SUMMER 2015 - Volume 62, Number 2

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SUMMER 2015 - Volume 62, Number 2
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Air Force Historical Foundation
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Summer 2015 - Volume 62, Number 2
Book Reviews
The U.S. Air Force in the Air War over Serbia, 1999
Daniel L. Haulman
Pierre Clostermann Tells It How It Wasn’t
A. D. Harvey
A War Too Long: Part I
John Schlight
Operation Thunderclap and the Black March: Two World War II Stories from the 91st Bomb Group
By Richard Allison
Review by Steven D. Ellis
An Air Fighter’s Scrapbook
By Ira Jones
Jagdstaffel 356: The Story of a German Fighter Squadron
By Elizabeth M. Kahnert
Night Raiders of the Air: Being the Experiences of a Night Flying Pilot Who Raided Hunland
By A. R. Kingsford
Review by Richard P. Hallion
World Order
By Henry Kissinger
Review by John Cirafici
Australia and the War in the Air: Volume I—The Centenary History of Australia and the Great War
By Michael Molkentin
Review by Carl J. Bobrow
Bomber Aircraft of 305 Squadron
By Lechostaw Musialkowski
Review by Frank Willingham
The Birth of the Royal Air Force: An Encyclopedia of British Air Power Before and During the Great War
By Ian M. Philpott
Review by Richard P. Hallion
Other Than War: The American Experience and Operations in the Post-Cold War Decade
By Frank N. Schubert
Review by Golda Eldridge
Allied Air Power 1942-1945: A Newsreel History of Allied Air Force Operations in World War II
By Perry Wolff
Review by Steve Agoratus
Wings of the Navy: Testing British and U.S. Carrier Aircraft
By Eric Brown
Review by Frank Willingham
Surprised at Being Alive: An Accidental Helicopter Pilot in Vietnam and Beyond
By Robert F. Curtis
Review by Frank Willingham
History of Rocketry and Astronautics: AAS History Series, Volume 41
By Kerry Dougherty, ed.
Review by Paul D. Stone
The Supercarriers: The Forrestal and Kitty Hawk Classes
By Andrew Faltum
Review by Frank Willingham
Fall of the Flying Dragon: South Vietnamese Air Force, 1973-1975
By Albert Grandolini
Review by Dik Daso
Reconnaissance and Bomber Aces of World War I
By Jon Guttman
Review by Carl Bobrow
Stay the Distance: The Life and Times of Marshal of the Royal Air Force Sir Michael Beetham
By Peter Jacobs
Review by Robin Higham
George Owen Squier: U.S. Army Major General; Inventor; Aviation Pioneer; Founder of Muzak
By Paul W. Clark & Laurence A. Lyons
Review by Carl Bobrow
Berlin Airlift: Air Bridge to Freedom—A Photographic History of the Great Airlift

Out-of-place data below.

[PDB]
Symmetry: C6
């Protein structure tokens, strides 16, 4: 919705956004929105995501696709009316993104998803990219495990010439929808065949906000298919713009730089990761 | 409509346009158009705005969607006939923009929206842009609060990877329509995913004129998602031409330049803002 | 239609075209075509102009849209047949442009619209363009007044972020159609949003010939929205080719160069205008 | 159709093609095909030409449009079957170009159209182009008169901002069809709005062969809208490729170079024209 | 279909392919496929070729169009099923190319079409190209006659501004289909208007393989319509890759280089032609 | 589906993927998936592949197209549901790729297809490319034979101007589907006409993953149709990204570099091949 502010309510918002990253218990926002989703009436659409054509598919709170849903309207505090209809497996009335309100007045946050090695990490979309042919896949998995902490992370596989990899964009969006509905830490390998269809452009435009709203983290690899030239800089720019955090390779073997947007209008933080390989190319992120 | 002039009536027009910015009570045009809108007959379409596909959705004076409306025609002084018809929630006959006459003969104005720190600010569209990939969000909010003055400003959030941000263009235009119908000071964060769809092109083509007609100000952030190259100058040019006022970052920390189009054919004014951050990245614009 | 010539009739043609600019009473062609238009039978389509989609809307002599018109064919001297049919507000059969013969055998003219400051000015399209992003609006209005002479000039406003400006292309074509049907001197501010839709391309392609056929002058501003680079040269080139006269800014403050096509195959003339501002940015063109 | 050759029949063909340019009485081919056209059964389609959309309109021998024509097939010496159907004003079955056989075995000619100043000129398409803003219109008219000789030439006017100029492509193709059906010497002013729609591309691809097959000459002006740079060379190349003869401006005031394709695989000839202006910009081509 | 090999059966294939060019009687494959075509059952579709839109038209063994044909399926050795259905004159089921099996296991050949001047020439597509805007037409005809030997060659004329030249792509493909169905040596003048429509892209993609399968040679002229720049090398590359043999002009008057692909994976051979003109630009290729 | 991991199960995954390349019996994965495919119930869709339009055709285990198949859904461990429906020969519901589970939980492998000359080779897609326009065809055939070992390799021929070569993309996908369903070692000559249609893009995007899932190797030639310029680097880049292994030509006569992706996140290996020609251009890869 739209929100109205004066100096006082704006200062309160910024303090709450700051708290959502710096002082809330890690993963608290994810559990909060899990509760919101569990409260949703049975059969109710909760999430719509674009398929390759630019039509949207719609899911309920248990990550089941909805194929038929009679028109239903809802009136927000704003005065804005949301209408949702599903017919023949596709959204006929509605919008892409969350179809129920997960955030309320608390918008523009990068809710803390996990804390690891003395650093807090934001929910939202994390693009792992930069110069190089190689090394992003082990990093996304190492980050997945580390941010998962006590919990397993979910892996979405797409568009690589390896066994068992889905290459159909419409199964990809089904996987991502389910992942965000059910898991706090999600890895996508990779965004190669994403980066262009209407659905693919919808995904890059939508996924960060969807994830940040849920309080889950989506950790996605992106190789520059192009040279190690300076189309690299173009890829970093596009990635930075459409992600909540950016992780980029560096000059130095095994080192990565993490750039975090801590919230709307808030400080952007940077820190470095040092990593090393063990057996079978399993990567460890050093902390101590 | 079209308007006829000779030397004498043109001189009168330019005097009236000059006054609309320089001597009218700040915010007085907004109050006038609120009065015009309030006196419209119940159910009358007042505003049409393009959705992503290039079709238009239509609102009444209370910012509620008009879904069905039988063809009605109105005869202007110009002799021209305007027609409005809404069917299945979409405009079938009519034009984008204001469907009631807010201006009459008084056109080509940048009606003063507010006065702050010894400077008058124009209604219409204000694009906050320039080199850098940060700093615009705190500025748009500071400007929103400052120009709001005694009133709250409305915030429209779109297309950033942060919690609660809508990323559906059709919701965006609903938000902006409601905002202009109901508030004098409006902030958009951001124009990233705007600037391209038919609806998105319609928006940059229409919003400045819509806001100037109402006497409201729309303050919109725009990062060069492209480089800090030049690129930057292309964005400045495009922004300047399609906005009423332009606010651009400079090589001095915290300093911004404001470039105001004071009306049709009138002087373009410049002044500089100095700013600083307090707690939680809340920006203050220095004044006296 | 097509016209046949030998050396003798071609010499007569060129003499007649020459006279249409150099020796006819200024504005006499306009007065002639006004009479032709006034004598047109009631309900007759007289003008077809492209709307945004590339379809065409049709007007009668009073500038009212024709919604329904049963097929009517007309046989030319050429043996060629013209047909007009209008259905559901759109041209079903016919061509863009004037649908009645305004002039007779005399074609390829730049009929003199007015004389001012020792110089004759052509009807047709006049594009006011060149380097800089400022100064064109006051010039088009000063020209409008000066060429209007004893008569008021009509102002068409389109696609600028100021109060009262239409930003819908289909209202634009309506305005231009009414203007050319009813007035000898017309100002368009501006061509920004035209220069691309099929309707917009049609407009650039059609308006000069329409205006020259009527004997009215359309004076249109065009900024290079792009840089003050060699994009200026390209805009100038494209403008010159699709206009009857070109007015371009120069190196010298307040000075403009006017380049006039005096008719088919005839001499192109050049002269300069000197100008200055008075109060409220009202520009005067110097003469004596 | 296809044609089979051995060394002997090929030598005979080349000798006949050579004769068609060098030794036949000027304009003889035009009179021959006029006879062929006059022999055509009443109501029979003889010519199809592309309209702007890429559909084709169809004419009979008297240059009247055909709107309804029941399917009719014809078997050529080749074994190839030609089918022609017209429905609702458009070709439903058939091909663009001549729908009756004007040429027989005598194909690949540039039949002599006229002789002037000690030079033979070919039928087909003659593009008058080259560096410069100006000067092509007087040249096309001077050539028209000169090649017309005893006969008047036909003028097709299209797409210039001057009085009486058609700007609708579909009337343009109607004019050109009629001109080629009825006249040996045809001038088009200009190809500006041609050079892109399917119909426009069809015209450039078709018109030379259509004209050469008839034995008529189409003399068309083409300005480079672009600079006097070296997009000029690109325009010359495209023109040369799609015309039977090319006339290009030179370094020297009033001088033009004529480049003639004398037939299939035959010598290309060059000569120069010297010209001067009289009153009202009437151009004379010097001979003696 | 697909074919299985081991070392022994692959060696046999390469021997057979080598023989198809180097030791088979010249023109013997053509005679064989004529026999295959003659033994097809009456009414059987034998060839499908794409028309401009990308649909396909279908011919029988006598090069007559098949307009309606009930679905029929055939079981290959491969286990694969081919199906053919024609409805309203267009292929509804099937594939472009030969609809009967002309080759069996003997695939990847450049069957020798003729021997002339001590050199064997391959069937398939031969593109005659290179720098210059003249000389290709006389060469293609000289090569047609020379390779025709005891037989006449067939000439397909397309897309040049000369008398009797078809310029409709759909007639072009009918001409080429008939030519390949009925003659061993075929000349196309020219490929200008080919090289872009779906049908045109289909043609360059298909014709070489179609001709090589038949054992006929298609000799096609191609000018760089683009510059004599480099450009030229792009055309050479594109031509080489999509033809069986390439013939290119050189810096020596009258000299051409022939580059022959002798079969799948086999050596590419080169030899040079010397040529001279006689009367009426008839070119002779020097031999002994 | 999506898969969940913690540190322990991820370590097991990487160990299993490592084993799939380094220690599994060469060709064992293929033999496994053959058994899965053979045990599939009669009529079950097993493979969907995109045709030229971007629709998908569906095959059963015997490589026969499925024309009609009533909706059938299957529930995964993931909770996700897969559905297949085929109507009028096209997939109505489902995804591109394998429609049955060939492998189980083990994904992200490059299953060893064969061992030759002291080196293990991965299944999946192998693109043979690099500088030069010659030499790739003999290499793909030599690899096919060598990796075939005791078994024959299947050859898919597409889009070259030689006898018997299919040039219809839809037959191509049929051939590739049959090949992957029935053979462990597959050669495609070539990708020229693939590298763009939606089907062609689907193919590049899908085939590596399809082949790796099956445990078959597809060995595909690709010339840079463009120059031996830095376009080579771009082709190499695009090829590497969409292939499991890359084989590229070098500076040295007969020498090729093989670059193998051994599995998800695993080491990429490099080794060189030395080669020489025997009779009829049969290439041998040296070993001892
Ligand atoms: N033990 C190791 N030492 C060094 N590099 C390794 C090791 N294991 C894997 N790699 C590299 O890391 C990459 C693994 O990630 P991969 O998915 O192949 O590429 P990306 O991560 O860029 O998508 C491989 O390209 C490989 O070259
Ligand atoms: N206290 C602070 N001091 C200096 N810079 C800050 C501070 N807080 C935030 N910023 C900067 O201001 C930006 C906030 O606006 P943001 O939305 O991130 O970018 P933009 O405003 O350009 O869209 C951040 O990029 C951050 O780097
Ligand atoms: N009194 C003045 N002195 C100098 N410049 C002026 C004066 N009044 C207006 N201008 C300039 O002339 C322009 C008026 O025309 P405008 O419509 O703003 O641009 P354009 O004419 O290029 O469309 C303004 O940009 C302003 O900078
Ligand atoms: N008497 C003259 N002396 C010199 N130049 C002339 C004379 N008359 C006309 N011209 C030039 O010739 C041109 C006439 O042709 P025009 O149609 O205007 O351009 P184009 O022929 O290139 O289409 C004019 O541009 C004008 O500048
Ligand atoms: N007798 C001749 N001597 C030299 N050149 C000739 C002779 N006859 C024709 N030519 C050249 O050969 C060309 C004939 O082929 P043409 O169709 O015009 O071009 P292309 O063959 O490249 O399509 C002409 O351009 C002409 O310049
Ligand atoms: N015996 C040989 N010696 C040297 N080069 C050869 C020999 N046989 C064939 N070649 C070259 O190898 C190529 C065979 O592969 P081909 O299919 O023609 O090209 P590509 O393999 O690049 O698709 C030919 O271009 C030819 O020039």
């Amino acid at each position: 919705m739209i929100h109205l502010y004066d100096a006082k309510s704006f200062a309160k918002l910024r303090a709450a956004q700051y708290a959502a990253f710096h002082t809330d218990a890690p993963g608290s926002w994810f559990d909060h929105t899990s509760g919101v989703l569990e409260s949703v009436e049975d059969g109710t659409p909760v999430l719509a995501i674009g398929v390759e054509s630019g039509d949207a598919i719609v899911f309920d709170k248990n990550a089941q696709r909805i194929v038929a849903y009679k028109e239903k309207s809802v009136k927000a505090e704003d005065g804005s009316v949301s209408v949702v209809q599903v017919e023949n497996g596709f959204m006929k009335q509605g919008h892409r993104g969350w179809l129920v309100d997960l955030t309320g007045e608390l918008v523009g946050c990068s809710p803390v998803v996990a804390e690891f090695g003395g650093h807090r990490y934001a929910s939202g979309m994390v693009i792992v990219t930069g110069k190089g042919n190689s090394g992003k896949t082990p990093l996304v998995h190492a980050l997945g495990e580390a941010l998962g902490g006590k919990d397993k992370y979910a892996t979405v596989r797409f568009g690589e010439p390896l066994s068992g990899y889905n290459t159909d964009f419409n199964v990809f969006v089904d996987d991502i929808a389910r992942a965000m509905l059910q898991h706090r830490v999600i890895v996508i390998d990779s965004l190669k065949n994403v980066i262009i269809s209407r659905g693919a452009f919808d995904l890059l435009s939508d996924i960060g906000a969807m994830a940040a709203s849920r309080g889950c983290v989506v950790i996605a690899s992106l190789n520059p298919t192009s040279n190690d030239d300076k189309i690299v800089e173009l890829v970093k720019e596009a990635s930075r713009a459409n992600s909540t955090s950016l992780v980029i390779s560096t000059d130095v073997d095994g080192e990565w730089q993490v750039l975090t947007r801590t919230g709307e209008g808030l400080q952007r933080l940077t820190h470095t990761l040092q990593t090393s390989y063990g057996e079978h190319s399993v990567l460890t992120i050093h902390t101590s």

By Bruce McAllister
Review by Steven D. Ellis
American Bomber Aircraft Development in World War II
By Bill Norton
Review by Joe McCue
I Won’t be Home Next Summer: Flight Lieutenant R. N. Selley DFC (1917-1941)
By Ron Selley & Kerrin Cocks
Review by Paul Jacobs
Japanese Fighters in defense of the Homeland, 1941-1944, Vol. I
By Leszek A. Wielicko
Review by Scott A. Willey
The Millionaire’s Squadron: The Remarkable Story of 601 Squadron and the Flying Sword
By Tom Loulson
Review by Joseph Romito
Guardian Angel: Life and Death Adventures with Pararescue, the World’s Most Powerful Commando Rescue Force
By William F. Sine
Review by John D. McElroy
Books To Review
Upcoming Events and Reunions
New History Mystery
COVER: An F–100 of the 90th TFS leaves the area after striking a suspected Viet Cong target, March 1966.
The Air Force Historical Foundation
The Journal of the
Air Force Historical Foundation
Summer 2015 Volume 62 Number 2
Richard I. Wolf
Editor Emeritus
Jacob Neufeld
Air Force Historical Foundation
P.O. Box 790
Clinton, MD 20735-0790
(301) 736-1959
E-mail: [email protected]
On the Web at
Board of Directors
Patron Members
Maj Gen Dale W. Meyerrose, USAF (Ret.)
Maj Gen Kenneth M. DeCuir, USAF (Ret.)
1st Vice Chairman
Lt Gen Charles L. Johnson II, USAF (Ret.)
2d Vice Chairman
Lt Gen Christopher Miller, USAF (Ret.)
CMSgt John R. McCauslin, USAF (Ret.)
Col William J. Dalecky, USAF (Ret.)
Lt Col Steven Gress, Jr., USAF (Ret.)
Ms. Jonna Doolittle Hoppes
Col Thomas Owens, USAF (Ret.)
Mr. Daniel R. Sitterly, USAF SES
Maj Willard Strandberg, Jr. USAF (Ret.)
Lt Gen Stephen G. Wood, USAF (Ret.)
Col Gerald F. Christeson, USAF (Ret.)
Col Dennis M. Drew, USAF (Ret.)
Mr. Darrell Dvorak
Dr. Jerome V. Martin
Gen James P. McCarthy, USAF (Ret.)
Lt Gen George D. Miller, USAF (Ret.)
Col Bobby Moorhatch, USAF (Ret.)
Col J Calvin Shahbaz
Lt Col Raymond C. Tagge, USAF (Ret.)
President’s Circle
Col William J. Dalecky, USAF (Ret.)
Maj Gen Charles J. Dunlap, Jr., USAF
Col Wray Johnson, USAF (Ret.)
Editor, Air Power History
Richard I. Wolf
Editor Emeritus, Air Power History
Jacob Neufeld
Lt Col James A. Vertenten, USAF (Ret.)
Secretary to the Board and
Executive Director
Mrs. Angela J. Bear, Office Manager
Gold Level ($10,000 or more)
Lockheed Martin Corporation
Northrop Grumman
Mr. Michael Clarke
Maj Gen John S. Patton, USAF (Ret.)
ROKAF Historical Foundation
Dr. Richard P. Hallion
Lt Gen Christopher Miller, USAF (Ret.)